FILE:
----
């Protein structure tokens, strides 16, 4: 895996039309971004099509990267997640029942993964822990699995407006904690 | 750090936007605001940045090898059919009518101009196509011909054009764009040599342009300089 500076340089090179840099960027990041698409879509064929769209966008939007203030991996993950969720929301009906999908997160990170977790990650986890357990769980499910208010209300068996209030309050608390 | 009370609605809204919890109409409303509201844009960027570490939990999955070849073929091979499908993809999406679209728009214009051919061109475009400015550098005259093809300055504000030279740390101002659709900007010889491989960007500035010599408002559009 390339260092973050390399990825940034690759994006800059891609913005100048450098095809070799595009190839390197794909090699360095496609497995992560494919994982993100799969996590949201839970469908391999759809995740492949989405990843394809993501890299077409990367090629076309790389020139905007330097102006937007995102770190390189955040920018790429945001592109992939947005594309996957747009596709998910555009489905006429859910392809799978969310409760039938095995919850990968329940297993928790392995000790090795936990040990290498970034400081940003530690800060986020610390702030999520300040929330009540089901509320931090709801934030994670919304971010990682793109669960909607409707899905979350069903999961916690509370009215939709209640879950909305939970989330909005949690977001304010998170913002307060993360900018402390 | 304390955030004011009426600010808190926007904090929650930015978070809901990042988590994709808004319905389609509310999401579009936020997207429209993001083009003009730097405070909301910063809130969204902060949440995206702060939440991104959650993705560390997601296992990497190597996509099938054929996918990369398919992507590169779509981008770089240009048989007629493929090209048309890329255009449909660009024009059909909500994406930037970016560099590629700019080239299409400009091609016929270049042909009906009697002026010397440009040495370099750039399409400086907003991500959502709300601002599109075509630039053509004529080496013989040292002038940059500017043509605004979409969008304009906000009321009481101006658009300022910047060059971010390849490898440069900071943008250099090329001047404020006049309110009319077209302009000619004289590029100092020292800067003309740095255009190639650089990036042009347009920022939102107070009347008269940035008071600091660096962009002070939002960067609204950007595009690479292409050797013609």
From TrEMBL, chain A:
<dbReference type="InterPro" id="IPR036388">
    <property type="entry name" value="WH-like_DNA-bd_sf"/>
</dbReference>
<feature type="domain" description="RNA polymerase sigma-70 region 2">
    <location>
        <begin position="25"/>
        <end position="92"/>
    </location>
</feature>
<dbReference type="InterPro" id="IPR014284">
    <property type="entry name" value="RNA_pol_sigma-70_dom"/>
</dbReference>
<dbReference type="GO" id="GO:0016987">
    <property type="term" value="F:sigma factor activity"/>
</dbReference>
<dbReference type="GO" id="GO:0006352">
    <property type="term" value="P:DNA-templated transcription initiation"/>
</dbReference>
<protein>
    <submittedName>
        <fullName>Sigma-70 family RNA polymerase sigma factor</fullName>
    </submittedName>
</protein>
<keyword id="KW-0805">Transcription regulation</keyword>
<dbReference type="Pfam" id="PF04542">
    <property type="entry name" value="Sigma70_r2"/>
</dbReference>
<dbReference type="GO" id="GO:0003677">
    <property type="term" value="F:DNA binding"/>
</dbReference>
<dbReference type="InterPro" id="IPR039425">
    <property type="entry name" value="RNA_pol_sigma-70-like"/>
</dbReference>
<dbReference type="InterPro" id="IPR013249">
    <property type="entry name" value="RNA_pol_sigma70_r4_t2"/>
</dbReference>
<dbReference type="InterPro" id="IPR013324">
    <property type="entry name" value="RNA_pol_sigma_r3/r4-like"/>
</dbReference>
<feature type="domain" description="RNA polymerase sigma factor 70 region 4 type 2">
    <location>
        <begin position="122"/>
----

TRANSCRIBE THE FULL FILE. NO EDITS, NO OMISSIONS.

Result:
């Protein structure tokens, strides 16, 4: 895996039309971004099509990267997640029942993964822990699995407006904690 | 750090936007605001940045090898059919009518101009196509011909054009764009040599342009300089 500076340089090179840099960027990041698409879509064929769209966008939007203030991996993950969720929301009906999908997160990170977790990650986890357990769980499910208010209300068996209030309050608390 | 009370609605809204919890109409409303509201844009960027570490939990999955070849073929091979499908993809999406679209728009214009051919061109475009400015550098005259093809300055504000030279740390101002659709900007010889491989960007500035010599408002559009 390339260092973050390399990825940034690759994006800059891609913005100048450098095809070799595009190839390197794909090699360095496609497995992560494919994982993100799969996590949201839970469908391999759809995740492949989405990843394809993501890299077409990367090629076309790389020139905007330097102006937007995102770190390189955040920018790429945001592109992939947005594309996957747009596709998910555009489905006429859910392809799978969310409760039938095995919850990968329940297993928790392995000790090795936990040990290498970034400081940003530690800060986020610390702030999520300040929330009540089901509320931090709801934030994670919304971010990682793109669960909607409707899905979350069903999961916690509370009215939709209640879950909305939970989330909005949690977001304010998170913002307060993360900018402390 | 304390955030004011009426600010808190926007904090929650930015978070809901990042988590994709808004319905389609509310999401579009936020997207429209993001083009003009730097405070909301910063809130969204902060949440995206702060939440991104959650993705560390997601296992990497190597996509099938054929996918990369398919992507590169779509981008770089240009048989007629493929090209048309890329255009449909660009024009059909909500994406930037970016560099590629700019080239299409400009091609016929270049042909009906009697002026010397440009040495370099750039399409400086907003991500959502709300601002599109075509630039053509004529080496013989040292002038940059500017043509605004979409969008304009906000009321009481101006658009300022910047060059971010390849490898440069900071943008250099090329001047404020006049309110009319077209302009000619004289590029100092020292800067003309740095255009190639650089990036042009347009920022939102107070009347008269940035008071600091660096962009002070939002960067609204950007595009690479292409050797013609």
From TrEMBL, chain A:
<dbReference type="InterPro" id="IPR036388">
    <property type="entry name" value="WH-like_DNA-bd_sf"/>
</dbReference>
<feature type="domain" description="RNA polymerase sigma-70 region 2">
    <location>
        <begin position="25"/>
        <end position="92"/>
    </location>
</feature>
<dbReference type="InterPro" id="IPR014284">
    <property type="entry name" value="RNA_pol_sigma-70_dom"/>
</dbReference>
<dbReference type="GO" id="GO:0016987">
    <property type="term" value="F:sigma factor activity"/>
</dbReference>
<dbReference type="GO" id="GO:0006352">
    <property type="term" value="P:DNA-templated transcription initiation"/>
</dbReference>
<protein>
    <submittedName>
        <fullName>Sigma-70 family RNA polymerase sigma factor</fullName>
    </submittedName>
</protein>
<keyword id="KW-0805">Transcription regulation</keyword>
<dbReference type="Pfam" id="PF04542">
    <property type="entry name" value="Sigma70_r2"/>
</dbReference>
<dbReference type="GO" id="GO:0003677">
    <property type="term" value="F:DNA binding"/>
</dbReference>
<dbReference type="InterPro" id="IPR039425">
    <property type="entry name" value="RNA_pol_sigma-70-like"/>
</dbReference>
<dbReference type="InterPro" id="IPR013249">
    <property type="entry name" value="RNA_pol_sigma70_r4_t2"/>
</dbReference>
<dbReference type="InterPro" id="IPR013324">
    <property type="entry name" value="RNA_pol_sigma_r3/r4-like"/>
</dbReference>
<feature type="domain" description="RNA polymerase sigma factor 70 region 4 type 2">
    <location>
        <begin position="122"/>